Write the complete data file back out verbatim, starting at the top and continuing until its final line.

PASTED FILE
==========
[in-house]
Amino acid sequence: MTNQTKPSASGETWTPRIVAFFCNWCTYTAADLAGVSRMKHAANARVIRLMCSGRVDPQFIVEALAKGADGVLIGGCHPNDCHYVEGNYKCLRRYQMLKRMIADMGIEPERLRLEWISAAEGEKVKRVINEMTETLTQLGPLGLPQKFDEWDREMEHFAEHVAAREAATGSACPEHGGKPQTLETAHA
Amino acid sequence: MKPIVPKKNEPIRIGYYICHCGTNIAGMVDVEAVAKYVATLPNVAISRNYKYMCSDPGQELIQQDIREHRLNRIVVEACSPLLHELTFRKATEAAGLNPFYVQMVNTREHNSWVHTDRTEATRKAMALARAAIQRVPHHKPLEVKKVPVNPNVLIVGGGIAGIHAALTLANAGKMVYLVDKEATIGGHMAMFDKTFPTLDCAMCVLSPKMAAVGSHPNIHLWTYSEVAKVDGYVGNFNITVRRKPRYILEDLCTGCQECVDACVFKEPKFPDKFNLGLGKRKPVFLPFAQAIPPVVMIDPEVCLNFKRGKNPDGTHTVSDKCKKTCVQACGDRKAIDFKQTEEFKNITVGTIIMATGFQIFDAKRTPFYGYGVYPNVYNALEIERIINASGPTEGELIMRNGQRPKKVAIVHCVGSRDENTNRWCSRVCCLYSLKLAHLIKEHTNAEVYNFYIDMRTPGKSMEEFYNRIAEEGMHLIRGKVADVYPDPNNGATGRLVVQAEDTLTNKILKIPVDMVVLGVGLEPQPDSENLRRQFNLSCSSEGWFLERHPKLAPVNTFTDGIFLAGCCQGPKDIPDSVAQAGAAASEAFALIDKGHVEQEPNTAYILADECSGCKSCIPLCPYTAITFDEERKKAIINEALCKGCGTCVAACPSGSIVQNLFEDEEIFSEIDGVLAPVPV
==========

[in-house]
Amino acid sequence: MTNQTKPSASGETWTPRIVAFFCNWCTYTAADLAGVSRMKHAANARVIRLMCSGRVDPQFIVEALAKGADGVLIGGCHPNDCHYVEGNYKCLRRYQMLKRMIADMGIEPERLRLEWISAAEGEKVKRVINEMTETLTQLGPLGLPQKFDEWDREMEHFAEHVAAREAATGSACPEHGGKPQTLETAHA
Amino acid sequence: MKPIVPKKNEPIRIGYYICHCGTNIAGMVDVEAVAKYVATLPNVAISRNYKYMCSDPGQELIQQDIREHRLNRIVVEACSPLLHELTFRKATEAAGLNPFYVQMVNTREHNSWVHTDRTEATRKAMALARAAIQRVPHHKPLEVKKVPVNPNVLIVGGGIAGIHAALTLANAGKMVYLVDKEATIGGHMAMFDKTFPTLDCAMCVLSPKMAAVGSHPNIHLWTYSEVAKVDGYVGNFNITVRRKPRYILEDLCTGCQECVDACVFKEPKFPDKFNLGLGKRKPVFLPFAQAIPPVVMIDPEVCLNFKRGKNPDGTHTVSDKCKKTCVQACGDRKAIDFKQTEEFKNITVGTIIMATGFQIFDAKRTPFYGYGVYPNVYNALEIERIINASGPTEGELIMRNGQRPKKVAIVHCVGSRDENTNRWCSRVCCLYSLKLAHLIKEHTNAEVYNFYIDMRTPGKSMEEFYNRIAEEGMHLIRGKVADVYPDPNNGATGRLVVQAEDTLTNKILKIPVDMVVLGVGLEPQPDSENLRRQFNLSCSSEGWFLERHPKLAPVNTFTDGIFLAGCCQGPKDIPDSVAQAGAAASEAFALIDKGHVEQEPNTAYILADECSGCKSCIPLCPYTAITFDEERKKAIINEALCKGCGTCVAACPSGSIVQNLFEDEEIFSEIDGVLAPVPV